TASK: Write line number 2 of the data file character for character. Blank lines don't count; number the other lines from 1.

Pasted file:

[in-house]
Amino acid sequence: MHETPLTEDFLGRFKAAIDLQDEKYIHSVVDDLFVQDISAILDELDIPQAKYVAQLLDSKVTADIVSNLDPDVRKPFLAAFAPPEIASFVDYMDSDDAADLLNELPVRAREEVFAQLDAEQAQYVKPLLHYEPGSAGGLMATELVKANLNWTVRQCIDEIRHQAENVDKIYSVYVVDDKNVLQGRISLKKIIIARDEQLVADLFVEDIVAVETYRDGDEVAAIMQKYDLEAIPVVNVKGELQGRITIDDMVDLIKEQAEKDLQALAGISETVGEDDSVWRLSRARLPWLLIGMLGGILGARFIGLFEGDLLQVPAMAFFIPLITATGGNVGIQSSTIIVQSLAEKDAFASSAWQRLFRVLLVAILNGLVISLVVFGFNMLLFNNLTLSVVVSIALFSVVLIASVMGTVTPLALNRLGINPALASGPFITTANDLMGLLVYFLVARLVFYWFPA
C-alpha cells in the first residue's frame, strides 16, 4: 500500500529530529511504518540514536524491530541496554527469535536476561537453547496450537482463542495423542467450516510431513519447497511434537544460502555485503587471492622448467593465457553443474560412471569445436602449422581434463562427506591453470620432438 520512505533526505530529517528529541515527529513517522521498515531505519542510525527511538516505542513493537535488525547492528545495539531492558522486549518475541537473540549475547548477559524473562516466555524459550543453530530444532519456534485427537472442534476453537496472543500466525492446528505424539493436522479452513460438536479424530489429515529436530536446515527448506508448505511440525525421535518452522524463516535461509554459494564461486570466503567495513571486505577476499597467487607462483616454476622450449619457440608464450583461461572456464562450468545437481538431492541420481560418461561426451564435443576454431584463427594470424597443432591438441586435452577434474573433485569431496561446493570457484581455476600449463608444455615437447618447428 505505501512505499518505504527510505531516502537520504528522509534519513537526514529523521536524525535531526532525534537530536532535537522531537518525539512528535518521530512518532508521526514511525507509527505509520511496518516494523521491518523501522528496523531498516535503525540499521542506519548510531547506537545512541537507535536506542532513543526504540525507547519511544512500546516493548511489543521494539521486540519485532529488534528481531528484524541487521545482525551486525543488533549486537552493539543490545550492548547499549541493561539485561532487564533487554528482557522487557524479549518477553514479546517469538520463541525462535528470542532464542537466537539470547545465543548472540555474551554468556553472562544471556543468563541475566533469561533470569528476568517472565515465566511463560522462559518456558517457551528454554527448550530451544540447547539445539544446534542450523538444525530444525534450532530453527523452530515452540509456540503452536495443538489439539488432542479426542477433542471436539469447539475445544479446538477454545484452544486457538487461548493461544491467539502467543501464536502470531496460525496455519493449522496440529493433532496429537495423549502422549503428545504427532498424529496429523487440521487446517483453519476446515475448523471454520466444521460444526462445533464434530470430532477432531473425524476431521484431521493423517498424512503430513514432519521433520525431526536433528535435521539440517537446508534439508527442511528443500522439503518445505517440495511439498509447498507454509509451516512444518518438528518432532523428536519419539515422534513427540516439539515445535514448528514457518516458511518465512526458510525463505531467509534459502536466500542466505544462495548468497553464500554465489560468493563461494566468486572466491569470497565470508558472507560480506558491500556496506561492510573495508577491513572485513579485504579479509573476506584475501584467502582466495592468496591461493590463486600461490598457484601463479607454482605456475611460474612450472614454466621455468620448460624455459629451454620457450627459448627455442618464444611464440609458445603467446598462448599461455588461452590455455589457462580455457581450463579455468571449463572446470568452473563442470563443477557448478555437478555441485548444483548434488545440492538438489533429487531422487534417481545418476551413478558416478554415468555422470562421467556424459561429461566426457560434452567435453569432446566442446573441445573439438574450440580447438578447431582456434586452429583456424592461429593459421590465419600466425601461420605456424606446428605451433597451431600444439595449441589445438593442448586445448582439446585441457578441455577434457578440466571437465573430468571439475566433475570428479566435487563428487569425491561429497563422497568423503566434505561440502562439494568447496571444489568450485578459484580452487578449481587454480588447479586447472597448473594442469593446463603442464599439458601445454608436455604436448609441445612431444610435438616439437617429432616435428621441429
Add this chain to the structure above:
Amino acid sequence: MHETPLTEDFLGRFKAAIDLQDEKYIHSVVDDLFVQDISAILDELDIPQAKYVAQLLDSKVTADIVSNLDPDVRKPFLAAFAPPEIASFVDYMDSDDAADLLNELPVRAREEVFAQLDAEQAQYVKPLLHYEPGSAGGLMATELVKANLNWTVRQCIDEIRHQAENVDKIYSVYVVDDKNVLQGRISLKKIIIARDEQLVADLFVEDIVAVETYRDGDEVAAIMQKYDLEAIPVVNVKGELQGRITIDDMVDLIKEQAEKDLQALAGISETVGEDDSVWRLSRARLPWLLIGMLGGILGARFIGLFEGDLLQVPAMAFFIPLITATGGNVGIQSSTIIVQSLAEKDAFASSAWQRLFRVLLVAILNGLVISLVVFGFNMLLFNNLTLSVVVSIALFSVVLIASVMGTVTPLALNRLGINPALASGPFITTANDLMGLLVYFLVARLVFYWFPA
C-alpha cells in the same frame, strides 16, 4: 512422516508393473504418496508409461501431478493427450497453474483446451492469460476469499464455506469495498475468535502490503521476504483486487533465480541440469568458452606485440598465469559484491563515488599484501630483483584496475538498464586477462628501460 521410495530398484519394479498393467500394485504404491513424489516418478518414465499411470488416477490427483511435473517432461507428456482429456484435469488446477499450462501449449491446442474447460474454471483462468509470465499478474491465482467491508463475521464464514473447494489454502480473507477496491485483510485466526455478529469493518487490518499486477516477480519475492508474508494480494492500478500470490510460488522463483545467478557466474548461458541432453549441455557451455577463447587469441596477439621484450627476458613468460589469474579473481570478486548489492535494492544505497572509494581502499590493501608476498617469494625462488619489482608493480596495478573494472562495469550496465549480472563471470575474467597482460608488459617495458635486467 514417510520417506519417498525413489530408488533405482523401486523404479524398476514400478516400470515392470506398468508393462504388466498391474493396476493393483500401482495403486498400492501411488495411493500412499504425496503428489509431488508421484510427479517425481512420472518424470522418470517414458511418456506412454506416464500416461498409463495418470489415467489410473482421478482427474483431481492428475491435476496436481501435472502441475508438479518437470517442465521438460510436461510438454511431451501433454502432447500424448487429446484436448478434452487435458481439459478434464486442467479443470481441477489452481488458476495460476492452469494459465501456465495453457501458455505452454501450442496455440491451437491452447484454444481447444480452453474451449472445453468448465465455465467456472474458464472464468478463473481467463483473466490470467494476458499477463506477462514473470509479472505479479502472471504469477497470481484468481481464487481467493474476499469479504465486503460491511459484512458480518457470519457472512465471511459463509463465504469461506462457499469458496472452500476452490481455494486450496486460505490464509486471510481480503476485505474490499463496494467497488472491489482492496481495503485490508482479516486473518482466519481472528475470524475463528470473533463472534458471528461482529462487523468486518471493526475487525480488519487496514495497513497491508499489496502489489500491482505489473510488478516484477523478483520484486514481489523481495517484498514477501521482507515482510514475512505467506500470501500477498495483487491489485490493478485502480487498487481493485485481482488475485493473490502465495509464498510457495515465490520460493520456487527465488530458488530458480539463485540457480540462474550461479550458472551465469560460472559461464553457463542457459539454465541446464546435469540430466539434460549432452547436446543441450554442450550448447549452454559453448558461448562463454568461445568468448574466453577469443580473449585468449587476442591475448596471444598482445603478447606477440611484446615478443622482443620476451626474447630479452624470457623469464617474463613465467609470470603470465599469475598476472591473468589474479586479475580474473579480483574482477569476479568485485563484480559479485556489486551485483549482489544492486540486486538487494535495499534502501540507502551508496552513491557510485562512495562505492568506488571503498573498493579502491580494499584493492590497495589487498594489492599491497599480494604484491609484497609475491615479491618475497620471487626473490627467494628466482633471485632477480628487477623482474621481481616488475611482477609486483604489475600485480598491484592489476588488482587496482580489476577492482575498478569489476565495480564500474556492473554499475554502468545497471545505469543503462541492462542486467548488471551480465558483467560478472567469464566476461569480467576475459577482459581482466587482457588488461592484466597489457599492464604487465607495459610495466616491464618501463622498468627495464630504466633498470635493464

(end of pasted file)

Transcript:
Amino acid sequence: MHETPLTEDFLGRFKAAIDLQDEKYIHSVVDDLFVQDISAILDELDIPQAKYVAQLLDSKVTADIVSNLDPDVRKPFLAAFAPPEIASFVDYMDSDDAADLLNELPVRAREEVFAQLDAEQAQYVKPLLHYEPGSAGGLMATELVKANLNWTVRQCIDEIRHQAENVDKIYSVYVVDDKNVLQGRISLKKIIIARDEQLVADLFVEDIVAVETYRDGDEVAAIMQKYDLEAIPVVNVKGELQGRITIDDMVDLIKEQAEKDLQALAGISETVGEDDSVWRLSRARLPWLLIGMLGGILGARFIGLFEGDLLQVPAMAFFIPLITATGGNVGIQSSTIIVQSLAEKDAFASSAWQRLFRVLLVAILNGLVISLVVFGFNMLLFNNLTLSVVVSIALFSVVLIASVMGTVTPLALNRLGINPALASGPFITTANDLMGLLVYFLVARLVFYWFPA